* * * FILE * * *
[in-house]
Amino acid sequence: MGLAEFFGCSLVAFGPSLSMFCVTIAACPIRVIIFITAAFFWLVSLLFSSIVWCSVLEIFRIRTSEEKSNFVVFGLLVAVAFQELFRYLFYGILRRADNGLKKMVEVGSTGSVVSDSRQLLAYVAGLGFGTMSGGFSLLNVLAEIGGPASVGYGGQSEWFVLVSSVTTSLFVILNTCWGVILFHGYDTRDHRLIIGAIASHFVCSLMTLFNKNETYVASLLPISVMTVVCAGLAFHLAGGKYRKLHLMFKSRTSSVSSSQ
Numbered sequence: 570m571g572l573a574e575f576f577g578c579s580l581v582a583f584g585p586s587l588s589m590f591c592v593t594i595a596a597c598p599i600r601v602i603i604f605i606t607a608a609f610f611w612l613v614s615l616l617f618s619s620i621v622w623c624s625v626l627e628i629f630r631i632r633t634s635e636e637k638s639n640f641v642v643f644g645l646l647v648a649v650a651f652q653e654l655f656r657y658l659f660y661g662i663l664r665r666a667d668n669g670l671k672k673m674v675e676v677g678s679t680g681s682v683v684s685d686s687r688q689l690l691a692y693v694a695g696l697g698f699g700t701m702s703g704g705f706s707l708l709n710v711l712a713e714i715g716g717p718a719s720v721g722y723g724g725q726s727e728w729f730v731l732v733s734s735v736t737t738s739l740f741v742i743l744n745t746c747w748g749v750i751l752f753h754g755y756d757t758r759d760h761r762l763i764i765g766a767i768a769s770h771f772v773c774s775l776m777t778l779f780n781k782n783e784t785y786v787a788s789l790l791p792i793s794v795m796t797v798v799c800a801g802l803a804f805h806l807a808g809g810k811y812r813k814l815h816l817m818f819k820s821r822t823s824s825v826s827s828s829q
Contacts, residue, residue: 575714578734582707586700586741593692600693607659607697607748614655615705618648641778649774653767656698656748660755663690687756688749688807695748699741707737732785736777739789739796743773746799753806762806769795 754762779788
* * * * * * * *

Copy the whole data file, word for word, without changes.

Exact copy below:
[in-house]
Amino acid sequence: MGLAEFFGCSLVAFGPSLSMFCVTIAACPIRVIIFITAAFFWLVSLLFSSIVWCSVLEIFRIRTSEEKSNFVVFGLLVAVAFQELFRYLFYGILRRADNGLKKMVEVGSTGSVVSDSRQLLAYVAGLGFGTMSGGFSLLNVLAEIGGPASVGYGGQSEWFVLVSSVTTSLFVILNTCWGVILFHGYDTRDHRLIIGAIASHFVCSLMTLFNKNETYVASLLPISVMTVVCAGLAFHLAGGKYRKLHLMFKSRTSSVSSSQ
Numbered sequence: 570m571g572l573a574e575f576f577g578c579s580l581v582a583f584g585p586s587l588s589m590f591c592v593t594i595a596a597c598p599i600r601v602i603i604f605i606t607a608a609f610f611w612l613v614s615l616l617f618s619s620i621v622w623c624s625v626l627e628i629f630r631i632r633t634s635e636e637k638s639n640f641v642v643f644g645l646l647v648a649v650a651f652q653e654l655f656r657y658l659f660y661g662i663l664r665r666a667d668n669g670l671k672k673m674v675e676v677g678s679t680g681s682v683v684s685d686s687r688q689l690l691a692y693v694a695g696l697g698f699g700t701m702s703g704g705f706s707l708l709n710v711l712a713e714i715g716g717p718a719s720v721g722y723g724g725q726s727e728w729f730v731l732v733s734s735v736t737t738s739l740f741v742i743l744n745t746c747w748g749v750i751l752f753h754g755y756d757t758r759d760h761r762l763i764i765g766a767i768a769s770h771f772v773c774s775l776m777t778l779f780n781k782n783e784t785y786v787a788s789l790l791p792i793s794v795m796t797v798v799c800a801g802l803a804f805h806l807a808g809g810k811y812r813k814l815h816l817m818f819k820s821r822t823s824s825v826s827s828s829q
Contacts, residue, residue: 575714578734582707586700586741593692600693607659607697607748614655615705618648641778649774653767656698656748660755663690687756688749688807695748699741707737732785736777739789739796743773746799753806762806769795 754762779788